Taiwanese-American basketballer Jeremy Lin, who plays for a Chinese team, was fined 10,000 yuan (US$1,400) for “inappropriate remarks” on social media about quarantine facilities ahead of a game, the China Basketball Association said yesterday.
Lin, who plays for the Loong Lions Basketball Club, made “inappropriate remarks about quarantine hotel-related facilities” where the team stayed on Wednesday ahead of a game, the association said.
It said that “caused adverse effects on the league and the competition area.”
The Chinese Communist Party is trying to crush criticism of the human cost and disruption of its “zero COVID-19” strategy, which has confined millions of people to their homes.
Protesters have been detained, and photographs and videos of events deleted from Chinese social media.
Police fanned out across Shanghai, Beijing and other cities to try to prevent additional protests.
The association gave no details of Lin’s comments and there was no sign of them on his account on the Sina Weibo platform.
Shanghai’s the Paper reported that Lin posted a video complaining about hotel workout facilities in Zhuji, Zhejiang Province, ahead of games next week.
“Can you believe this is a weight room?” Lin was quoted as saying. “What kind of garbage is this?”
The Paper said that the video was deleted after “the situation was clarified” that the hotel was only for a brief stay required by regulations.
A representative of Vision China Entertainment, which says on its Web site that it represents Lin, did not immediately respond to a request for comment.
Telephone calls to the Loong Lions Basketball Club headquarters in Guangzhou were not answered.
Lin, born in California to parents from Taiwan, was the first American of Taiwanese descent to play in the NBA.
SIGNS OF CALM: After his third explanation for his absence, which has drawn the ire of fans and politicians, some critics said his latest apology seemed sincere Lionel Messi denied his absence from a match in Hong Kong two weeks ago that angered China was a political snub, but was caused by an injury. The eight-time Ballon d’Or winner is idolized by fans in China, but stayed on the bench during Inter Miami’s 4-1 win in a pre-season tour match against a Hong Kong select XI on Feb. 4. A near 40,000 sellout crowd, who had paid upwards of HK$1,000 (US$128) to see the 36-year-old superstar in action, chanted “refund,” gave thumbs-down signs and booed Messi and the team’s co-owner David Beckham after the final whistle. Some nationalist politicians interpreted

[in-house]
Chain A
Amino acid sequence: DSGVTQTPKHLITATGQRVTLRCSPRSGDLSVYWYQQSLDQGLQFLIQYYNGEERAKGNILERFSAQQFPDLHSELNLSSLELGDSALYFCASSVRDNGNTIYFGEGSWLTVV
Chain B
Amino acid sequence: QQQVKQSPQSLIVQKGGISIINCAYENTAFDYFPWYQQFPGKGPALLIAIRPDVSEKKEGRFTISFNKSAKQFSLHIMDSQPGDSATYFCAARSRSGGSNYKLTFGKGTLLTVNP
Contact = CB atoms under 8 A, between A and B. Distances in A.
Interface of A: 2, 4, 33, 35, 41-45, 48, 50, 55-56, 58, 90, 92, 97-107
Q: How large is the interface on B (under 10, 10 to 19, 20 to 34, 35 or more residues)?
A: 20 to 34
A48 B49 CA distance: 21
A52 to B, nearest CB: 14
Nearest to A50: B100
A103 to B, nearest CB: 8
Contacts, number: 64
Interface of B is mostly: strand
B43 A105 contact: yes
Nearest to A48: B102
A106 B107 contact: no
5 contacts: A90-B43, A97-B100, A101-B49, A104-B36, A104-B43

Taiwanese infielder Yu Chang (張育成) has signed a minor league contract with the Tampa Bay Rays and is invited to the team’s spring training camp, the team announced Tuesday. The 28-year-old, who reported to the club’s spring training facility on Tuesday, told MLB.com he had received minor league offers from 10 teams, but signed with the Rays because of the positive experience he had on the team in 2022. “I feel like people make me comfortable here -- not only like coaches, [but the] teammates and everyone here,” he told the site. Chang, who made his MLB debut in 2019, played with the
Coco Gauff on Wednesday said that a heated exchange with the chair umpire midway through her match with Karolina Pliskova had spurred her on to complete a 2-6, 6-4, 6-3 victory and advance to the quarter-finals of the Dubai Tennis Championships. The US Open champion lost the first set, but was leading 4-2 in the second when her first serve at deuce, which Pliskova returned into the net, was called out. The American challenged the call and her review was successful, but instead of awarding Gauff the point French chair umpire Pierre Bacchi told the 19-year-old to replay it. That sparked a lengthy
MLB’s new uniform reveal has not gone very well and some of the rampant criticism has moved below the belt. MLB Players’ Association deputy executive director Bruce Meyer on Thursday said that the organization is relaying concerns from players to the league about the new pants, which are somewhat see-through. The complaints — first reported by ESPN — are part of broader scorn for the new uniforms, which are designed by Nike and manufactured by Fanatics. “I know everyone hates them,” Philadelphia Phillies shortstop Trea Turner said last week. “We all liked what we had. We understand business, but I think everyone wanted